If they are realitivly close just use the FMJ's.

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    If you are good enough to really notice the difference at 15 yards.....ya don't need the practice!
    Ignorance is a long way from stupid, but left unchecked, can get there real fast.

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    If you're using the Winchester white box or Remington's UMC ammo, the groups you'll shoot will be large enough to mask any difference in POI relative to the high-priced spread. Shooting my 200 gr SWC reloads right next to a 'generic ball' group was extremely gratifying - the reloads cutting the group size about in half. The good defensive ammo will probably shoot even better.
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    Distinguished Member Array Nmuskier's Avatar
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    Quote Originally Posted by JeepCreeper View Post
    I may be wrong here....


    But I thought that if you we're to drop a bullet at the same time you fire the bullet from your gun, both bullets will hit the ground at the same time.

    The two (2) bullets needs to have the same weight "mass"
    The bullet fired from the gun needs to be fired exactly level.
    Both the bullet being dropped and fired from the gun needs to happen at the same exact time.
    For this experiment, bullet mass does not matter. The fired projectile does need to be level. The bullet leaving the muzzle begins to accelerate downward (fall) independently of its forward vector.

    The difference in bullet POI from different rounds is (at longer ranges, and typically in rifles) is because lighter rounds, with the same powder load, have a faster MV. This gets them to the target faster, thus falling for less time. Objects that fall for less time fall less distance (higher POI).

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    VIP Member Array ccw9mm's Avatar
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    Quote Originally Posted by JusAguy View Post
    POI for same bullet gr weight, but different velocity?
    On a Ransom Rest, I suppose one could find detectable differences. And I'm sure many can feel like there are some differences between certain cartridges.

    Generally speaking, though, I've shot so many different rounds that I tend to rapidly adjust to the new round. I no longer know what minor adjustments I've made; I just make them. And so, POI doesn't seem to vary much. In much smaller, lighter, shorter guns it seems to be more visible, the differences, though these days in most guns I'm no longer able to see much difference.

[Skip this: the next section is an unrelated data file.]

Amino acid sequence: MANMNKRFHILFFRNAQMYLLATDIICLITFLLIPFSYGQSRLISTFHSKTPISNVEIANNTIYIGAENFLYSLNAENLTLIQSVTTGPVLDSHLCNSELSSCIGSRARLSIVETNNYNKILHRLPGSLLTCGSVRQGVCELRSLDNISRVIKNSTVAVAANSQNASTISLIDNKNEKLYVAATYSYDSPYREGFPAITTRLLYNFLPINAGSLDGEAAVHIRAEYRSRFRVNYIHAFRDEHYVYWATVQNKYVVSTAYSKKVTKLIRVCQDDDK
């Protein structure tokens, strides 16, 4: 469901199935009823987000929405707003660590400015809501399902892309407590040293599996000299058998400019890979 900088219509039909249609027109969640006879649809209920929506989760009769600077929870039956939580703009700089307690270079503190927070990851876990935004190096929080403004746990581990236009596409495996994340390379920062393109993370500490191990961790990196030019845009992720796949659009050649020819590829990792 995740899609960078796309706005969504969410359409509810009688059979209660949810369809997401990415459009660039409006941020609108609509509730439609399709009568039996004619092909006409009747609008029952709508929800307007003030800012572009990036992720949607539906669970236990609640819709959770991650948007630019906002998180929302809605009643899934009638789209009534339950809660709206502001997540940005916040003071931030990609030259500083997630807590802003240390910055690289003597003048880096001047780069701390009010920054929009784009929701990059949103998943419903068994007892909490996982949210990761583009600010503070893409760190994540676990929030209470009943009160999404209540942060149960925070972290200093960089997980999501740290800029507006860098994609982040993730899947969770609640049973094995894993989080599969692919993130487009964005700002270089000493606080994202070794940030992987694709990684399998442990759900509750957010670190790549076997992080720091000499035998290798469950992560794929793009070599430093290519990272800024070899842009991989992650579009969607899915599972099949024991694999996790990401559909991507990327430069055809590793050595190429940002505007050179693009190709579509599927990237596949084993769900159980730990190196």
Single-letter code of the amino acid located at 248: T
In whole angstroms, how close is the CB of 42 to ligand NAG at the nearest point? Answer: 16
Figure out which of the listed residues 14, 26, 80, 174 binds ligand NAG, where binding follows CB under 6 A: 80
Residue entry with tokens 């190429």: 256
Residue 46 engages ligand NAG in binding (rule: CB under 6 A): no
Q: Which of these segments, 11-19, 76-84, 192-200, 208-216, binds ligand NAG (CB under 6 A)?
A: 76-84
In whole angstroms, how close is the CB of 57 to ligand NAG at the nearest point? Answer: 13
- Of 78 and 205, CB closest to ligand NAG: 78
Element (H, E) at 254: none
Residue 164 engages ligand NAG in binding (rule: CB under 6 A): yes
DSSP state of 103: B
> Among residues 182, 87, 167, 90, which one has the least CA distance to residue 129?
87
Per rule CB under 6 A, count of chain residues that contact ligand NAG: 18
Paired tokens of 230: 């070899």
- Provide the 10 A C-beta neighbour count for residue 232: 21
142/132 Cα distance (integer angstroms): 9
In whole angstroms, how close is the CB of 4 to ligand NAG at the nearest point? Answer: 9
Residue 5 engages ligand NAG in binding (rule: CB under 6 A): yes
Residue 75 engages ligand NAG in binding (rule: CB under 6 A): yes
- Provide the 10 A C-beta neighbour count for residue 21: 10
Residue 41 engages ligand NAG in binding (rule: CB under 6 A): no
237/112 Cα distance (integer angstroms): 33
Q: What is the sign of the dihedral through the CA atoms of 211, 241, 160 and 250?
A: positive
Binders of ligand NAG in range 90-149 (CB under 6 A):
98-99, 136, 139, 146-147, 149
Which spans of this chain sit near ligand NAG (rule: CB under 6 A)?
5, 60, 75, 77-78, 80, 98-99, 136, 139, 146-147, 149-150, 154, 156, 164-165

Data point: In hotter, higher-pressure +P type loads in a Browning BDM 9mm, back when, I noticed that POI was a bit higher at given distances, as compared to more-sedate "range" rounds. But after tens of thousands of shots through the gun, a few shots is all it took to make whatever adjustments in the firmness and positioning of my stance and grip to accommodate. These same minor changes in basic technique are what I do these days. Doesn't take but a few rounds to make the adjustment. The way I think of it, it's similar to how swinging a 28oz vs 32oz baseball bat is done. Same swing, more or less, but the grip, "firmness" and speed changes occur naturally as we swing. An experienced batman can make these minor changes without thinking, and without much change in the "POI" of the ball (cartridge).
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    I know you mentioned cost a few times.
    I just checked on ammoseek and practice rounds (Tula and Blazer non reman) were at $.30/round
    The SD rounds like Speer Lawman and Federal (HP) were averaging $.45/round

    So, not counting shipping costs (which vary based on quantity bought - I just bought 1000 rnds and shipping was $19.95). You can spend $75 worth of 100 rounds of each and get a pretty good picture how the different ammo acts with your personal dynamics.
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    I know most folks here are more expert than me about this stuff. But, it seems to me if your target looks more like a 6" x 6" piece of Swiss Cheese than a single 1" hole it really can't make that much difference.

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    Quote Originally Posted by StevePVB View Post
    I know most folks here are more expert than me about this stuff. But, it seems to me if your target looks more like a 6" x 6" piece of Swiss Cheese than a single 1" hole it really can't make that much difference.
    Given the location, know. But a 1" hole that misses all major parts could do more bad than good. Swiss cheese over the heart and lings will go a long way to stopping a BG. Likewise, a 1" hole through the heart will also stop the BG.

    Accuracy and location mean alot
    Nehemiah 4:14: “Don’t be afraid of them. Remember the Lord who is great and awesome, and draw your Beretta PX4 and fight for your brothers, your sons and your daughters, your wives and your homes.” highlighted added by LMP